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Good Thing She’s Getting Out

, , , , , , | Working | February 28, 2022

My coworker has just put in her two-week notice. She hasn’t told anyone where she is going yet but has vaguely mentioned to me and one other person that she is getting into a completely different industry because she is tired of the type of work she has been doing. However, she hasn’t said this to our bosses, who are the owners of the company.

About halfway through her two weeks, a very bizarre string of events happens. I am not in the office that day, but the story is relayed to me later. Apparently, our bosses, who are both usually very chipper and friendly, spend half the day talking in their office or in hushed tones around the common areas, barely communicating with anyone else in the building. They look aggravated or upset anytime anyone passes by them. They also glare at my coworker whenever they see her.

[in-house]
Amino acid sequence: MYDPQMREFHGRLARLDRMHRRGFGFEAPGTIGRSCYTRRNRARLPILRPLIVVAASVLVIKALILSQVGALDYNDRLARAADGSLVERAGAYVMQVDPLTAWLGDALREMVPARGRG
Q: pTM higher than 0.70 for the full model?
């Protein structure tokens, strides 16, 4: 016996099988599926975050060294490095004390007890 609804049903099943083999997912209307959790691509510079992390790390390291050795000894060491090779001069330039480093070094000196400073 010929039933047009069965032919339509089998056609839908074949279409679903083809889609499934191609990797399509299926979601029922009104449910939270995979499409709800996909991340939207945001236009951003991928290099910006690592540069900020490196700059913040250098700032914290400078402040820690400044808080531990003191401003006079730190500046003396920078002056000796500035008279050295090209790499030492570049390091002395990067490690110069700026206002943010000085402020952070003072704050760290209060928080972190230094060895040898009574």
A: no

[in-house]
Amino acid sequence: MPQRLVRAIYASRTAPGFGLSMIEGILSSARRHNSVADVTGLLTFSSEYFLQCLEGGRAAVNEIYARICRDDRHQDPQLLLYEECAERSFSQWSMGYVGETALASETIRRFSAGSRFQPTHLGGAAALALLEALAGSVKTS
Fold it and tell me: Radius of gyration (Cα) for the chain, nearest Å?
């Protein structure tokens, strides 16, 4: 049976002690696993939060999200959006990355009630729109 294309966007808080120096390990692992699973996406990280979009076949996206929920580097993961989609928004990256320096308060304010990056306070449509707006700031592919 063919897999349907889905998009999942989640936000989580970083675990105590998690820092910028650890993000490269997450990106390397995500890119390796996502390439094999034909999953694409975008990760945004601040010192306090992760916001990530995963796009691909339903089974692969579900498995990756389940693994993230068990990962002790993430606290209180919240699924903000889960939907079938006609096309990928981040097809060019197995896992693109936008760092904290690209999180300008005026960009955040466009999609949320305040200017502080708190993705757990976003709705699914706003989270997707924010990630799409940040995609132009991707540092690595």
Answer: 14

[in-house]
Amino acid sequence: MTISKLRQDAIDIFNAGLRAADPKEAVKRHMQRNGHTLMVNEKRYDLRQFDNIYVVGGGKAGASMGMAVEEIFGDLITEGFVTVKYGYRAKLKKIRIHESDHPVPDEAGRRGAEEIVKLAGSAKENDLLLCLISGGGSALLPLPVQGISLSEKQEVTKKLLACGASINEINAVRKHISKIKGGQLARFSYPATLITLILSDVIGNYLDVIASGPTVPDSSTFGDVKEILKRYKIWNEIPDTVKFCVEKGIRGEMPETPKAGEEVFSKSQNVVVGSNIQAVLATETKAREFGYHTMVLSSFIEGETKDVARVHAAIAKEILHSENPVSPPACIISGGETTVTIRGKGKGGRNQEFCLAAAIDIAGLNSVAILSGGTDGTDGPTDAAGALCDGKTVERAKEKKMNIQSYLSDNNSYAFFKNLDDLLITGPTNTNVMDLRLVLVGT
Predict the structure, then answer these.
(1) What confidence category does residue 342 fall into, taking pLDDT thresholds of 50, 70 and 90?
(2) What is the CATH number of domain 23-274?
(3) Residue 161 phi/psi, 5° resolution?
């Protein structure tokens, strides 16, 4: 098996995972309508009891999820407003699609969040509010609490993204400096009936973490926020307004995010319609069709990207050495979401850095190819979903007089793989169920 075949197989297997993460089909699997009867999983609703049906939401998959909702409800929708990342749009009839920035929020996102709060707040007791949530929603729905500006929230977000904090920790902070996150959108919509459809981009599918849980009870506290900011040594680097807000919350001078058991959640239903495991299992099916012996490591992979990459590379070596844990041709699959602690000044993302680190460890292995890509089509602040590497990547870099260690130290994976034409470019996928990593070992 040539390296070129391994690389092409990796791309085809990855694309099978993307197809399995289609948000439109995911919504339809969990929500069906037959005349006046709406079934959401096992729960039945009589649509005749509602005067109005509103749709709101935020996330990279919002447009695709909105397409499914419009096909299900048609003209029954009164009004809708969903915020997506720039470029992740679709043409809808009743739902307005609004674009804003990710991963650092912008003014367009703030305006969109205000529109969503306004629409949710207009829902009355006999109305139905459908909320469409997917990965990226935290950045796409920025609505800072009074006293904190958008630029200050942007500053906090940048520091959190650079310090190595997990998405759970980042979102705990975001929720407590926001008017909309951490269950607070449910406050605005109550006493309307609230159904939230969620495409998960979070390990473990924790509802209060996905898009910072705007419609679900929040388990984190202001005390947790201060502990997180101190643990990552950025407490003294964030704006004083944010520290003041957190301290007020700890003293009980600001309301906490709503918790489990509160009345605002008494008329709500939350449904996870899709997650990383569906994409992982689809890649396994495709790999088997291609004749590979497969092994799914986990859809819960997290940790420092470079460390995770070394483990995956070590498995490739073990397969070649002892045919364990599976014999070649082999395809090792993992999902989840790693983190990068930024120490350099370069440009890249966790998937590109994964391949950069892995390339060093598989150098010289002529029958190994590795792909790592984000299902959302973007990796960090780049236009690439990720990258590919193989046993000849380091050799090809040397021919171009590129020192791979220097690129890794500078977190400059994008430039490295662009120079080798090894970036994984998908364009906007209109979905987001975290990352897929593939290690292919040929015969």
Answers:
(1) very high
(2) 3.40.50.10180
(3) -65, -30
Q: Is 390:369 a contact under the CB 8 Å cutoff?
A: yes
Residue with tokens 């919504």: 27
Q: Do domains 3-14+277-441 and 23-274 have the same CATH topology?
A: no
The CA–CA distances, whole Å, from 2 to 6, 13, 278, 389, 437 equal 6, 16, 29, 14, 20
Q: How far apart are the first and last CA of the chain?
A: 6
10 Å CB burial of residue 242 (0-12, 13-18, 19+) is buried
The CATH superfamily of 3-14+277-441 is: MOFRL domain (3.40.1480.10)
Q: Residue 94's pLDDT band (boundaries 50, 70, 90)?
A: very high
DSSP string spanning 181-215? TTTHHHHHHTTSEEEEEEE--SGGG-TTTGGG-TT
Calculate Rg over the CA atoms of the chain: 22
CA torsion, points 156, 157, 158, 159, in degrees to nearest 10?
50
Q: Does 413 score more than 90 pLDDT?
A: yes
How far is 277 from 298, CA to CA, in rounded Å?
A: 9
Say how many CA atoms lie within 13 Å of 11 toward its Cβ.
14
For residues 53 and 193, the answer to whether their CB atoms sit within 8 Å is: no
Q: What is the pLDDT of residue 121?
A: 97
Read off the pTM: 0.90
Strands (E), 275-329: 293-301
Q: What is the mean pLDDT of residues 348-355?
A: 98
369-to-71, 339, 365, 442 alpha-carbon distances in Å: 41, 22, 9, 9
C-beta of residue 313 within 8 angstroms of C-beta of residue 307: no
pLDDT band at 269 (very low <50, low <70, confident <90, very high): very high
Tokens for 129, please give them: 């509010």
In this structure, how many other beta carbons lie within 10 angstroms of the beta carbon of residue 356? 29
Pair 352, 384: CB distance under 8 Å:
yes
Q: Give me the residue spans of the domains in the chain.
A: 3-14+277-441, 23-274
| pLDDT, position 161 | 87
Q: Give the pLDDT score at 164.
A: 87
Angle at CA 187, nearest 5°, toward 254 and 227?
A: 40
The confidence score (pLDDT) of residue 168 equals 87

Finally, at the end of the day, they approach her office and tell her to delete all of her online accounts related to the company while they watch. She obliges but is confused why they are asking her to do this — one, because she still needs some of these accounts to get work done for the next week, and two, because it is not standard protocol for an employee to delete all of these accounts themself; usually an admin will do it for them after they leave. Once she finishes doing this, they tell her to pack up her things and that she will be escorted out of the building!

Now getting very upset, she asks them why she is apparently getting fired a week before her last day. They tell her that they find it insulting and unacceptable that she would leave this company to go work for a direct competitor, bringing them all of the knowledge and trade secrets that she had learned during her time here. Extremely confused and upset, she tells them that she isn’t leaving for a competitor at all; she has accepted a position as a salesperson in a completely unrelated industry. They immediately back off, and with barely an apology, they leave her alone and return to their usual chipper selves.

The next day, the bosses tell the rest of the staff that we will be meeting at a nearby restaurant for our coworker’s going away party. They treat the whole situation like it never happened, and it is never figured out why they thought my coworker was going to work for a competitor. She spends her last week barely getting any work done since she no longer has any company accounts.

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